The Rise of Military Legalism

Doyle Hodges, WWS

Date: 
Thu, 04/13/2017 - 12:00pm
Location: 
Robertson Hall, Room 020
Audience: 
Graduate Students

PLEASE NOTE LOCATION:  Room 020, Robertson Hall

LEGS, or "Law-Engaged Graduate Students," meets during the academic year to discuss a work in progress by one of our Graduate Associates. Academic papers, dissertation proposals, and dissertation chapters have been presented at these meetings, to an audience of fellow graduate students.

Abstract: "Over the last 50 years, the US military has seen a marked increase in the number and role of military lawyers. Despite conventional wisdom that lawyers constrain military operations, the military has embraced this trend. Why? This paper argues that the professional role of both military commanders and military lawyers has changed, a phenomenon I call military legalism. Military legalism is the practice of privileging the application of legal norms and processes rather than the norms and processes of military professionalism in justifying military decisions. Military legalism is an adaptive response by military commanders to adversaries who exploit constraints on the use of force for their own protection and for strategic advantage.  This paper defines the concept of military legalism, provides examples, and examines macro-level indications in the US military."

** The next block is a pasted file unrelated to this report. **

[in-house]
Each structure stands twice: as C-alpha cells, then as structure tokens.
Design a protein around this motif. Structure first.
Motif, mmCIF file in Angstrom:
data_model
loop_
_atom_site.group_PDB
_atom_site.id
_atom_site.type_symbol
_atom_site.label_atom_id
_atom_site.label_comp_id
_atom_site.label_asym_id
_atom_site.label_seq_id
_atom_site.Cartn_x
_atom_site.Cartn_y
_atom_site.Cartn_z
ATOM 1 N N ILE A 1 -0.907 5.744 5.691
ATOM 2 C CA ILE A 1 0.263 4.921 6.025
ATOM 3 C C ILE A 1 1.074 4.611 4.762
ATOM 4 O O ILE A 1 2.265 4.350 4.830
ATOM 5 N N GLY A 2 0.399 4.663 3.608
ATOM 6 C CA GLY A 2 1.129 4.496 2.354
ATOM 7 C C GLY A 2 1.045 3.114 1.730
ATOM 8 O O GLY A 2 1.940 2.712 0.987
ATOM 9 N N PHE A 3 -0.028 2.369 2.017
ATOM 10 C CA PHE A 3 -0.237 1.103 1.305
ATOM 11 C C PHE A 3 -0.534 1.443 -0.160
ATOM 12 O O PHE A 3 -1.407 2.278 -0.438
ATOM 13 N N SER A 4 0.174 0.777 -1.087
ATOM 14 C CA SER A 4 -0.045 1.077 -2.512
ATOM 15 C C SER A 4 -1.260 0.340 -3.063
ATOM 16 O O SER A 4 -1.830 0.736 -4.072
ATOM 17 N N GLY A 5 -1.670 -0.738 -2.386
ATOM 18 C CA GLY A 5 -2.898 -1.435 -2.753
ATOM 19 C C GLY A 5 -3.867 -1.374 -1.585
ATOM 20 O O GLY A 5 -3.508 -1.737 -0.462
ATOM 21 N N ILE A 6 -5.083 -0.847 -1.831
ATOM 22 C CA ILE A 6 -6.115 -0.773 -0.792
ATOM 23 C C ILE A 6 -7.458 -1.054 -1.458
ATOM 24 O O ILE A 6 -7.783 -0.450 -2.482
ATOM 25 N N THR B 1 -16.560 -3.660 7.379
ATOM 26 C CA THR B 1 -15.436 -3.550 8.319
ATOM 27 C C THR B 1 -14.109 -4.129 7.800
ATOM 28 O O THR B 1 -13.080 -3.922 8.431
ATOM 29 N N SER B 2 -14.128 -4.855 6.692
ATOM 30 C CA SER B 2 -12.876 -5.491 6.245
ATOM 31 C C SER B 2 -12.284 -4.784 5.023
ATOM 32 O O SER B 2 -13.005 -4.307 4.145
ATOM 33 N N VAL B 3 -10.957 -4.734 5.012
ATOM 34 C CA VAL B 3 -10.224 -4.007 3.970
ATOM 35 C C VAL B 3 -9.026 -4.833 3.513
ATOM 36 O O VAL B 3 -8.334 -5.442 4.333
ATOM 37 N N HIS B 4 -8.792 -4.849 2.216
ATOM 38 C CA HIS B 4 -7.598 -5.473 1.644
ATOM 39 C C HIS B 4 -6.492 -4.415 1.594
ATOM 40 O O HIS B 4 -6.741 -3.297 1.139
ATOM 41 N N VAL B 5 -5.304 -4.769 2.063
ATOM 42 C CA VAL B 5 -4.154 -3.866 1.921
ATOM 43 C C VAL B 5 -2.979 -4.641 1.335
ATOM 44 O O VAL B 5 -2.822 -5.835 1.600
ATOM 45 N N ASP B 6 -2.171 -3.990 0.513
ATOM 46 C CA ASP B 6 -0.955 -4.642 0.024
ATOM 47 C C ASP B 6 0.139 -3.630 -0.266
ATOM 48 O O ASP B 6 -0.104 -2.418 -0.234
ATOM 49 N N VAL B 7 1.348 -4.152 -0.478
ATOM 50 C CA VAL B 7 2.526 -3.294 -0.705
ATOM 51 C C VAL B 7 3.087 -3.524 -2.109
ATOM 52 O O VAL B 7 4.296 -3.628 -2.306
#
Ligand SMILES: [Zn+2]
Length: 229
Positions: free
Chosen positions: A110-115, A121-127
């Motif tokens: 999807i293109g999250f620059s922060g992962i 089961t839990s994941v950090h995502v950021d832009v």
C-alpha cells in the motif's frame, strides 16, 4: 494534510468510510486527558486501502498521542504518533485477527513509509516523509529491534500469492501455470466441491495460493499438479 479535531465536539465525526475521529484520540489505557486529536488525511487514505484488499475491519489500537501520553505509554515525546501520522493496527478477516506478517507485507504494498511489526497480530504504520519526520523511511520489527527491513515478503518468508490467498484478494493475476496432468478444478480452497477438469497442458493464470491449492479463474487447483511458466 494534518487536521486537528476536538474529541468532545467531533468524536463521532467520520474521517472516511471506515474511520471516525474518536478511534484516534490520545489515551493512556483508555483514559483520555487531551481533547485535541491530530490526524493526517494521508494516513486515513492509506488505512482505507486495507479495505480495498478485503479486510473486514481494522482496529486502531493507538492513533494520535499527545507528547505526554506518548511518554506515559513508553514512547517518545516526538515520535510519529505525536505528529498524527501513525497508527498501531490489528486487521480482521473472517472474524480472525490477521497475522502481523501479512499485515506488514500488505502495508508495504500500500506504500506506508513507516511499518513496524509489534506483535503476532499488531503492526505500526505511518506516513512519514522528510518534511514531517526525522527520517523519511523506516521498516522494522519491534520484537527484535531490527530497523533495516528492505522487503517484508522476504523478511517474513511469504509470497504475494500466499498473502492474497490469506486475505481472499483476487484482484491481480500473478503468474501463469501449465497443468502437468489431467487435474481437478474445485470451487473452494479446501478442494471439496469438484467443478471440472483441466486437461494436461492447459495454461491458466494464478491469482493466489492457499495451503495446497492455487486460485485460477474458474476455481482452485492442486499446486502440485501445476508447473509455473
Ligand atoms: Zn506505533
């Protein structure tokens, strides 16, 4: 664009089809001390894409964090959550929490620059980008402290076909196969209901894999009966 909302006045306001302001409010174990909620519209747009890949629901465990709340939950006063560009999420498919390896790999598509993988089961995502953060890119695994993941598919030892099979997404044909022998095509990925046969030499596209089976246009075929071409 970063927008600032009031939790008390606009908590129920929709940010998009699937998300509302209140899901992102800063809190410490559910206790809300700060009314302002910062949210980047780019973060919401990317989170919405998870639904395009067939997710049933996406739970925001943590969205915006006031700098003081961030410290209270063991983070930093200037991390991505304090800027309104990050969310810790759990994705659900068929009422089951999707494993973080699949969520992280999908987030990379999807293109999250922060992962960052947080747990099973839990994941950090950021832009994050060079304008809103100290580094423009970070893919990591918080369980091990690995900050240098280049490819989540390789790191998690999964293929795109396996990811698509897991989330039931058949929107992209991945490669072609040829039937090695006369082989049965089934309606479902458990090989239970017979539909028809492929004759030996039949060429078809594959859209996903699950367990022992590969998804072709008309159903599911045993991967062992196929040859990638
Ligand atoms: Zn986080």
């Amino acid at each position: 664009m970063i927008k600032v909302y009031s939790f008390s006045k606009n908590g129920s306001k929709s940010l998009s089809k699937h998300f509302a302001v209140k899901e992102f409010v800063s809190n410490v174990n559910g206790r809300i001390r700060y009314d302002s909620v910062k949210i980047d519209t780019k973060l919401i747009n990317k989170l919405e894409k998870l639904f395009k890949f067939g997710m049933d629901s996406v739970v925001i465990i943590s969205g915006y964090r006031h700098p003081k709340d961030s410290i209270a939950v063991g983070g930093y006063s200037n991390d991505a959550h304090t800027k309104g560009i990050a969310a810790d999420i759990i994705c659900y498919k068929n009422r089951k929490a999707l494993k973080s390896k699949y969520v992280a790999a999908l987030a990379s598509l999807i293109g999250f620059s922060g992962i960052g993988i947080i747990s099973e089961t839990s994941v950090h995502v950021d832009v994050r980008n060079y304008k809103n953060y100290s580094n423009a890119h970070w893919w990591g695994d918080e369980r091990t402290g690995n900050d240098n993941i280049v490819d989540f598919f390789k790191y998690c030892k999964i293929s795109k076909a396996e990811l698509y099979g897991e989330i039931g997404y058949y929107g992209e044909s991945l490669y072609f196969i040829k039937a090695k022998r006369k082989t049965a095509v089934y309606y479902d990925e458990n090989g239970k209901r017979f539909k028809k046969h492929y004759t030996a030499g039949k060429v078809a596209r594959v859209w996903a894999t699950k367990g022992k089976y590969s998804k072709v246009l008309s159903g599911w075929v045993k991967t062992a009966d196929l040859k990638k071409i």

Doyle Hodges
Ph.D. Candidate, Security Studies
U.S. Navy (ret.)

Doyle Hodges is a 4th year PhD candidate in the Woodrow Wilson School Security Studies program.  Prior to coming to Princeton, Doyle spent 21 years as a Naval officer, serving as an Aide to senior Naval leader and commanding two ships.